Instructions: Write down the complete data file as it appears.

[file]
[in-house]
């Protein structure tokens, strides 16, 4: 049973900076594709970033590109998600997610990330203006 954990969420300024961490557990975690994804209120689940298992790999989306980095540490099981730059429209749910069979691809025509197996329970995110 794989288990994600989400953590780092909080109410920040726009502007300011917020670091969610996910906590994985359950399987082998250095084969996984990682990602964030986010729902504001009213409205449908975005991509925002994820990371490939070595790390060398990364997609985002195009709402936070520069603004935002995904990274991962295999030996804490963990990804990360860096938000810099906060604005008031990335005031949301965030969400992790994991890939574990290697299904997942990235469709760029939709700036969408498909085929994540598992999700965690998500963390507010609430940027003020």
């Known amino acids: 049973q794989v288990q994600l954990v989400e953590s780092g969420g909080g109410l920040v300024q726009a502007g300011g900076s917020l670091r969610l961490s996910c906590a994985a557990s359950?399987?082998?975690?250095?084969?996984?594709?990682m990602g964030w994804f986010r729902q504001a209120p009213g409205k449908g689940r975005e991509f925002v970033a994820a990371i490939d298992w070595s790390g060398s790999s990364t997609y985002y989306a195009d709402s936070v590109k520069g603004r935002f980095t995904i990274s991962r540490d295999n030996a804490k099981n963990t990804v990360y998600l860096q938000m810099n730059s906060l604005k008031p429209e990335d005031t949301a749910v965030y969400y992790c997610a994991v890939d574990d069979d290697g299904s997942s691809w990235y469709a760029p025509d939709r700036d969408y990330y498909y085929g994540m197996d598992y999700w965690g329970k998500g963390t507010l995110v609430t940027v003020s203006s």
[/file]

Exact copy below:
[in-house]
């Protein structure tokens, strides 16, 4: 049973900076594709970033590109998600997610990330203006 954990969420300024961490557990975690994804209120689940298992790999989306980095540490099981730059429209749910069979691809025509197996329970995110 794989288990994600989400953590780092909080109410920040726009502007300011917020670091969610996910906590994985359950399987082998250095084969996984990682990602964030986010729902504001009213409205449908975005991509925002994820990371490939070595790390060398990364997609985002195009709402936070520069603004935002995904990274991962295999030996804490963990990804990360860096938000810099906060604005008031990335005031949301965030969400992790994991890939574990290697299904997942990235469709760029939709700036969408498909085929994540598992999700965690998500963390507010609430940027003020």
């Known amino acids: 049973q794989v288990q994600l954990v989400e953590s780092g969420g909080g109410l920040v300024q726009a502007g300011g900076s917020l670091r969610l961490s996910c906590a994985a557990s359950?399987?082998?975690?250095?084969?996984?594709?990682m990602g964030w994804f986010r729902q504001a209120p009213g409205k449908g689940r975005e991509f925002v970033a994820a990371i490939d298992w070595s790390g060398s790999s990364t997609y985002y989306a195009d709402s936070v590109k520069g603004r935002f980095t995904i990274s991962r540490d295999n030996a804490k099981n963990t990804v990360y998600l860096q938000m810099n730059s906060l604005k008031p429209e990335d005031t949301a749910v965030y969400y992790c997610a994991v890939d574990d069979d290697g299904s997942s691809w990235y469709a760029p025509d939709r700036d969408y990330y498909y085929g994540m197996d598992y999700w965690g329970k998500g963390t507010l995110v609430t940027v003020s203006s």